Sony downplayed the long-term impact of the devastating hack attack against its film division as the Japanese giant trimmed its loss forecast to $1.4 billion, boosted by higher-than-expected sales of its image sensors and PlayStation video game consoles.
Sony Pictures benefited from a weakening Yen to show a provisional profit of $20 million (24.3 billion Yen) for the fiscal third quarter ended December, despite the hack attack. However, the studio also saw a 90 percent fall in operating income compared to the same period in 2013 due to the hacking and lower theatrical revenue. The cyberattack against the studio is also expected to cost Sony in the region of $15 million “in investigation and remediation costs,” according to the interim report.
“We don’t think the leaking of unreleased films online or the damage to the IT systems will cause a significant loss,” said Sony VP Kazuhiko Takeda. “We had insurance against cyberattacks, and will be able to recover a significant portion of the costs.”
Sony had delayed the announcement of its earnings for the October-December quarter to March, citing the cyberattack that Sony Pictures suffered in November in the run-up to the release of The Interview. That attack dominated headlines and crippled the film studio for weeks, even warranting a public intervention from President Obama, whose administration accused North Korea of being behind the attacks.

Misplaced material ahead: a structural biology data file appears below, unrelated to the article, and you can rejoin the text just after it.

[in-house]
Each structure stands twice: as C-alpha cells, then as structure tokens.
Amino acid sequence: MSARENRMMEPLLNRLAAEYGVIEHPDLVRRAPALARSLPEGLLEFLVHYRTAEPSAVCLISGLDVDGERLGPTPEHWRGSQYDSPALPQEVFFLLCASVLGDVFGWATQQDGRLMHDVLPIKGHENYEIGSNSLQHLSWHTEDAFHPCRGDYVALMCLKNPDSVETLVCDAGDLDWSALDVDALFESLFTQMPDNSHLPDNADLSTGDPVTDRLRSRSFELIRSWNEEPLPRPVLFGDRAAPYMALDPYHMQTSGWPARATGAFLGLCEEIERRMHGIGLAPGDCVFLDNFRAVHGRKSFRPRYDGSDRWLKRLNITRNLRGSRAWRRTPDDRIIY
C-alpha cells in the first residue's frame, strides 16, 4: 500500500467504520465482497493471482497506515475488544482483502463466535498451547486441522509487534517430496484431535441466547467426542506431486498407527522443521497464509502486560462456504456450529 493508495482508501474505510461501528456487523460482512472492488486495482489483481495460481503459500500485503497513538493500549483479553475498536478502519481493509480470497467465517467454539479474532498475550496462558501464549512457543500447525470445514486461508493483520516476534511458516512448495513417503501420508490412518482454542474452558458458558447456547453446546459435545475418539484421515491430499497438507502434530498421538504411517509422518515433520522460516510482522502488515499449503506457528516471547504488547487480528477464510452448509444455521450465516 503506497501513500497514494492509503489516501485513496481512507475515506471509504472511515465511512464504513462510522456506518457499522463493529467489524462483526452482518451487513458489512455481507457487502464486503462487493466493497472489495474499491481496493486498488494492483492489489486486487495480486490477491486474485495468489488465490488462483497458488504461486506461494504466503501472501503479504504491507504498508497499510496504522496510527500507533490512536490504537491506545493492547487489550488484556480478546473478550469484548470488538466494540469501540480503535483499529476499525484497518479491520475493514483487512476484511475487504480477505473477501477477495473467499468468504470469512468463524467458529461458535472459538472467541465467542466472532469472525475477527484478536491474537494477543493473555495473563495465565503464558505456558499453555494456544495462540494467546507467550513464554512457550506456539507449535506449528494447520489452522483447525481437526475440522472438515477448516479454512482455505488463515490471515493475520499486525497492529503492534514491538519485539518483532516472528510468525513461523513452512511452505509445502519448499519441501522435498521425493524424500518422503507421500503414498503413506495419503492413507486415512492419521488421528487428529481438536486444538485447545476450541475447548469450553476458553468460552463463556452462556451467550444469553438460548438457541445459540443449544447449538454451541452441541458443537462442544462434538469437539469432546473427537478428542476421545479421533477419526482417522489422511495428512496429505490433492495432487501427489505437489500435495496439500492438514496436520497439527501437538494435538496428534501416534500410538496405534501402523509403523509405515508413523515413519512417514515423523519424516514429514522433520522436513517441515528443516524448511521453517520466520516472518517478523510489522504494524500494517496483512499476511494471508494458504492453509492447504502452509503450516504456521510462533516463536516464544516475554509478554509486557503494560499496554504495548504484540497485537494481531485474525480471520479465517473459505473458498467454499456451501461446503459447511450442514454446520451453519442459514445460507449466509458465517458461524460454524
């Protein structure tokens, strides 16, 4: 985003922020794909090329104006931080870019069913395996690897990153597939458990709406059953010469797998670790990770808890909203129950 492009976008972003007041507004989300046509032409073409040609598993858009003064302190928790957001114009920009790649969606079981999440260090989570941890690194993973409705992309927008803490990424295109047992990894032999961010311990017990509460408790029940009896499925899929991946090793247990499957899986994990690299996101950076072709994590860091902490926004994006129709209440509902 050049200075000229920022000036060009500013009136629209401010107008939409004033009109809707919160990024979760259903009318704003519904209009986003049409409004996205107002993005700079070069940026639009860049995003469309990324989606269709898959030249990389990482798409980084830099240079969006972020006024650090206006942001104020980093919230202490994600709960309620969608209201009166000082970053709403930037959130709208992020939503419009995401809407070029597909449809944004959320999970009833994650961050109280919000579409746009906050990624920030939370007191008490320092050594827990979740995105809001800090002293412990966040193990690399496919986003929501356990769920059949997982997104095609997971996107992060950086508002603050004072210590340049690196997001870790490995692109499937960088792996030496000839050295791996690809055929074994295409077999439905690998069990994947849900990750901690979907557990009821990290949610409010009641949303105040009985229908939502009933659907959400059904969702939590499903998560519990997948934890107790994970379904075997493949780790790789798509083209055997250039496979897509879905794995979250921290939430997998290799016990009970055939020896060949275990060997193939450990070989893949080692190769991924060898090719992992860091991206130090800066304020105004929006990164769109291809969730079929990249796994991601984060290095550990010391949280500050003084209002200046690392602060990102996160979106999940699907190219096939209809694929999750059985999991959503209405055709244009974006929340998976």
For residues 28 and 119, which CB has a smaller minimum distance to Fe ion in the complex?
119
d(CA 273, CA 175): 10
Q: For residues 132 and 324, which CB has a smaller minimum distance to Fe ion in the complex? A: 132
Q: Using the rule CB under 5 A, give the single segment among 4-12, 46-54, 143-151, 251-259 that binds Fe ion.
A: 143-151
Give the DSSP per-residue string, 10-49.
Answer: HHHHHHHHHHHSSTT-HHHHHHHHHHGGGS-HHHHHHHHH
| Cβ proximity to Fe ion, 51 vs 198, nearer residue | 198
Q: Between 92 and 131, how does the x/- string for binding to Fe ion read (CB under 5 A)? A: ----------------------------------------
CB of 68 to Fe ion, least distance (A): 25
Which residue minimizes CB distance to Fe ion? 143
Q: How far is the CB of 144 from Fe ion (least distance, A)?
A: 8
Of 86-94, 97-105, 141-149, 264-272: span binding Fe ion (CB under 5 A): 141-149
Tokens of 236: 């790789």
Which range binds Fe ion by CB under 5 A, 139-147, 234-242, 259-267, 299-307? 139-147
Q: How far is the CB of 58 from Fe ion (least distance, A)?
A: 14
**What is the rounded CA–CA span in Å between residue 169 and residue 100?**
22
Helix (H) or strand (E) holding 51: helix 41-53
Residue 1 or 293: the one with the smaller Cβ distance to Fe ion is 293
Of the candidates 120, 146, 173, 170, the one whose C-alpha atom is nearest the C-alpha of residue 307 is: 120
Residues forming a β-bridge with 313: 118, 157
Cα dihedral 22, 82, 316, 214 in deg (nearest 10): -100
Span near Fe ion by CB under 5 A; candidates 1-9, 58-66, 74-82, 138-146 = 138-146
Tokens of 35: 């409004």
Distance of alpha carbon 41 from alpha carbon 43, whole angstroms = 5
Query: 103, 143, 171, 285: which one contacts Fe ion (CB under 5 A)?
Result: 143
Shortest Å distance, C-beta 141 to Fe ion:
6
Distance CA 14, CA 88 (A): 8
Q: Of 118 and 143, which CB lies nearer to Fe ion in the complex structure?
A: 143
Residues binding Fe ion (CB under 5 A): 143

The Interview has subsequently earned over $40 million in online sales, with its international release rolling out in February.
In advance of that delayed release, however, Sony execs issued new earnings forecasts for the fiscal year ending in March, and reported preliminary results showed that operating profit had doubled to $1.5 billion (178.3 billion yen) in the October-December quarter, while sales rose 6 percent to $21.8 billion (2.56 trillion yen).
That was ahead of the results expected by analysts.
Chief Executive Kazuo Hirai said Wednesday the company would announcing a “new business strategy” on Feb. 18.